St. John's Wort | Hypericum perforatum
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The name “St. John’s Wort” comes from the original flowering and harvesting that is done on June 24, St. John’s day. The plants are hung over religious images in the house, to keep out the evil. The word hypericum comes from “hyper” (=above) and “eikon”=(picture). In Dutch is it also called “jaag den duvel”, which means something like ‘scare away the devil’. This because of its use to fight witchery, magic and other dangers.
The Hypericum Perforatum is a very flowery plant, that is native to parts of Europe and Asia. The weed is quite invasive, and therefore it can be found in most of the continents by now. The plant has been medically used over the world for thousands of years, mainly because of its uplifting effects and its use as an antidepressant. It is supposed to release tension and give you a more positive outlook on life and yourself.
Use 1-2 teaspoons per cup of tea. Let it steep for 15 minutes. Drink maximum 3 cups a day.
Warning! The plant can have negative (side) effects when combined with other medication. As they write on the website of Herbs of the Gods:
“St. John’s wort can negatively influence the effect of certain types of medication. St. John’s wort enhances the effect of the liver enzyme cytochrome P450. This causes some medicines to be broken down faster, making them less effective. When combining St. John’s wort with medication you are advised to consult your physician or your thrombosis prevention unit for information whether the combination can lead to such an interaction. This is the case not only if you want to start combining St. John’s wort, but also when you want to stop combining St. John’s wort with one of the types of medicine listed below:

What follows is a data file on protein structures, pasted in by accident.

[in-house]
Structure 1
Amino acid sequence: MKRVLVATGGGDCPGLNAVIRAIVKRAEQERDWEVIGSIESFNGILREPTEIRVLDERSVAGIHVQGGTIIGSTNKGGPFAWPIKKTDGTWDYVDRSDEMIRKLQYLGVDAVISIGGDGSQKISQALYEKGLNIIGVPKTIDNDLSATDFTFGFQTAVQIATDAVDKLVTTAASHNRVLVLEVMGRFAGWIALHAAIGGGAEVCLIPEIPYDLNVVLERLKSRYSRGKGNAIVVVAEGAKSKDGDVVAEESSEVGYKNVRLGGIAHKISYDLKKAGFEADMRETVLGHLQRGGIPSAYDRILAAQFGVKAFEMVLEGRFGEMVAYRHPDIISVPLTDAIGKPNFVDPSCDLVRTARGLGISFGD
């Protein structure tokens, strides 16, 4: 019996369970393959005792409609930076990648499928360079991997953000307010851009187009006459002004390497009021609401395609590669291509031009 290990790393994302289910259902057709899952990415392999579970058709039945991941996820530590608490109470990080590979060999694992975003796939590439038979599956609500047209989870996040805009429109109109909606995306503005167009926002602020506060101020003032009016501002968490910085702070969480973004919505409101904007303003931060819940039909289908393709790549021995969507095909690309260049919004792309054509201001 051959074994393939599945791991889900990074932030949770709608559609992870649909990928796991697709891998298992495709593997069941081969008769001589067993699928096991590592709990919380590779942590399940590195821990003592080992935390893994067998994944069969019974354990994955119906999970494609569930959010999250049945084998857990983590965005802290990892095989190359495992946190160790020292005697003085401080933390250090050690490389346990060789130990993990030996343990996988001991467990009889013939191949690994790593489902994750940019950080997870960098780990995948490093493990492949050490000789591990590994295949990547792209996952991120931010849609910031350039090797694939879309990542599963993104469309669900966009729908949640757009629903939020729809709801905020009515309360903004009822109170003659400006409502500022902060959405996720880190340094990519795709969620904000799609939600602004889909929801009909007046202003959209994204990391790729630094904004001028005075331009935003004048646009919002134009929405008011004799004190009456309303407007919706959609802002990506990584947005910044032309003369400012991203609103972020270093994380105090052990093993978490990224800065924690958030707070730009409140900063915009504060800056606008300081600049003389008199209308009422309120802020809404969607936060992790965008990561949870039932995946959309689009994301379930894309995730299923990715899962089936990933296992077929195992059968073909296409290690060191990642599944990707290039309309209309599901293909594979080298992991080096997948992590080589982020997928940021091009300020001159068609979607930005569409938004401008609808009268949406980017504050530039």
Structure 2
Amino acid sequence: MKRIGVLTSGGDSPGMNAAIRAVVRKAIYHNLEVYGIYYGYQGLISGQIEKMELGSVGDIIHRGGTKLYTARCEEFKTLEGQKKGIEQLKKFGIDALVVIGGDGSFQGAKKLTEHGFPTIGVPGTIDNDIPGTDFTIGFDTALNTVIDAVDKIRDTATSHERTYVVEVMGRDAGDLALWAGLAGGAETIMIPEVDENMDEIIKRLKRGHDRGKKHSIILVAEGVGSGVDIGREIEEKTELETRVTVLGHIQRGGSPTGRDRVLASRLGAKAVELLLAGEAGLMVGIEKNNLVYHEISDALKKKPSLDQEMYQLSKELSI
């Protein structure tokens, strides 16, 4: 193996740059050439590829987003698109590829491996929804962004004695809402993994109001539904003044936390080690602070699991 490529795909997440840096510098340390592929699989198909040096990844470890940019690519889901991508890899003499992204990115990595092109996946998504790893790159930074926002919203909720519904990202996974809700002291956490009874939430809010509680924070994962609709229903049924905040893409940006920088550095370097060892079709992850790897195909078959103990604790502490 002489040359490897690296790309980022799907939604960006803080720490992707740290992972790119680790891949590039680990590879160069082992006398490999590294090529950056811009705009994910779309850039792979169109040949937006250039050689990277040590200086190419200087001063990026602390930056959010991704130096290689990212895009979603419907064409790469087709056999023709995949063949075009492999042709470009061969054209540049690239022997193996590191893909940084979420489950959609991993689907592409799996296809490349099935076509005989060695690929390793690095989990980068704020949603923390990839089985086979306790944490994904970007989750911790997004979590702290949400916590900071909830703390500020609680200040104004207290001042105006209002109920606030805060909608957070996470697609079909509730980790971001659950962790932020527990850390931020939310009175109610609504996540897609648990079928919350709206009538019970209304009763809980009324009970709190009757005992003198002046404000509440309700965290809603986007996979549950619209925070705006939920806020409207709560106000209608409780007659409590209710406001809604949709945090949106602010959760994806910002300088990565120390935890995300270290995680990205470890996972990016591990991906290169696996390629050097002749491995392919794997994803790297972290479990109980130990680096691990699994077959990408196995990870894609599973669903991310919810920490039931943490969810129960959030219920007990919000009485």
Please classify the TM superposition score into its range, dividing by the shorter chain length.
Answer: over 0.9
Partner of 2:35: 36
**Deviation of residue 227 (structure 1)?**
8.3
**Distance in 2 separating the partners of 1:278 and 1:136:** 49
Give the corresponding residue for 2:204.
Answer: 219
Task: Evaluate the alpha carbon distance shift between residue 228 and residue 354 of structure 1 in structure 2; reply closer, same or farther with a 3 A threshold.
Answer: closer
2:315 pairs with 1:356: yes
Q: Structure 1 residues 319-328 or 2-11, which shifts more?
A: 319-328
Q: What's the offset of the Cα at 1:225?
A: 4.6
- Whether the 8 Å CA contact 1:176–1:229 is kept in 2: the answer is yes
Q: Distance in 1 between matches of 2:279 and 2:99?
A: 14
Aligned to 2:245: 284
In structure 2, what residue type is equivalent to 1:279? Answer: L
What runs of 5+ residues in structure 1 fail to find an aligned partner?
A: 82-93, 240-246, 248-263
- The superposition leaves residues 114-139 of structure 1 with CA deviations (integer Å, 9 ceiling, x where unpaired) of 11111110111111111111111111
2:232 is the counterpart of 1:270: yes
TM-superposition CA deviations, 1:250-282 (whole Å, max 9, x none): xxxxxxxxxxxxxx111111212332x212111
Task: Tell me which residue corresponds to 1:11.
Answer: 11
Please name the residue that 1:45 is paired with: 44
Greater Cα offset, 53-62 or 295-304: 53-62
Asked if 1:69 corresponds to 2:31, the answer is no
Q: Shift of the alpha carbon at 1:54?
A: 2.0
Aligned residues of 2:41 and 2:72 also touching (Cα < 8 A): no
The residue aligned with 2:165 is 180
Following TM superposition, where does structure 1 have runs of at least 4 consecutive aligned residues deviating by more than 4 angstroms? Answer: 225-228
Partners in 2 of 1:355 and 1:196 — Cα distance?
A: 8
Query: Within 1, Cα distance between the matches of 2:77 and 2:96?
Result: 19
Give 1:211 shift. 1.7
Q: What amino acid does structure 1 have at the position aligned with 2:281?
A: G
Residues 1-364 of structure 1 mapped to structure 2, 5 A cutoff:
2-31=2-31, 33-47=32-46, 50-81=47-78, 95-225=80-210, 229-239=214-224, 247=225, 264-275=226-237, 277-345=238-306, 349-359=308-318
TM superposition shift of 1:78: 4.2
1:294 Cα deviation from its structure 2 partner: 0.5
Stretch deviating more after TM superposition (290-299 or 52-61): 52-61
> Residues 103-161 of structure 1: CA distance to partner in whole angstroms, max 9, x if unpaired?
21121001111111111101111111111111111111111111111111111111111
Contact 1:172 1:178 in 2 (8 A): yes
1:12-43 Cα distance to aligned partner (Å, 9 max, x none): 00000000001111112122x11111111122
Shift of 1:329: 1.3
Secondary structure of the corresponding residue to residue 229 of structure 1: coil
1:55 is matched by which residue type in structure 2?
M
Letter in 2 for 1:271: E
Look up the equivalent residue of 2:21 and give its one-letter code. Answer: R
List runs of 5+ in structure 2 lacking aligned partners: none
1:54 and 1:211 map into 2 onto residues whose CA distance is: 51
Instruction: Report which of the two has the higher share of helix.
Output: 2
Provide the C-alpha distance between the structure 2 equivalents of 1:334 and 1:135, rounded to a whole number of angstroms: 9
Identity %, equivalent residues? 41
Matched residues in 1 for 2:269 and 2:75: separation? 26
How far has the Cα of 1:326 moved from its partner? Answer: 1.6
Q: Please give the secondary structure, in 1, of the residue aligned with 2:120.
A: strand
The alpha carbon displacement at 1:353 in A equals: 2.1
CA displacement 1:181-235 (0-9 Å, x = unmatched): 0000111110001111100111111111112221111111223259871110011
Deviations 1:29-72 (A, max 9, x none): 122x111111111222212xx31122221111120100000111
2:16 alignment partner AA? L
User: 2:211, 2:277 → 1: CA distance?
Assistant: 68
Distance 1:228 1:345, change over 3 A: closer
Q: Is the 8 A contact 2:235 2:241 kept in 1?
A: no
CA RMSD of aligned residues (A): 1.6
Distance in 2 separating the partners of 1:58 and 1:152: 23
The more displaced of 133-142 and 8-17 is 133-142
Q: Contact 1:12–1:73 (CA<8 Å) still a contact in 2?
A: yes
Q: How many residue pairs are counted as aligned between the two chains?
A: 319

- immune system inhibitors, for instance against transplant rejections and auto-immune diseases: cyclosporine
- anticoagulants of the coumarine type, such as acenocoumarol (Sintrom etc.) and phenprocoumon (Marcumar etc.)
- Anticonvulsants: phenobarbital and phenytoine
- bronchodilators: theophylline
- cardiac glycosides for heart defects and heart rhythm disturbances: digoxin
- HIV-virus inhibitors: indinavir
- St. John’s wort can also influence the effect of SSRI-type antidepressants. Combining them is not recommended.
An incidental case of break through bleeding has been observed with the simultaneous use of St. John’s wort and certain types of the birth control pill (the combination of ethinyloestradiol and desogestrel, also known as sub-50). When a break through bleeding occurs, it may result in reduced protection against pregnancy.” [link: http://herbsofthegods.nl/st-johns-wort/ ]
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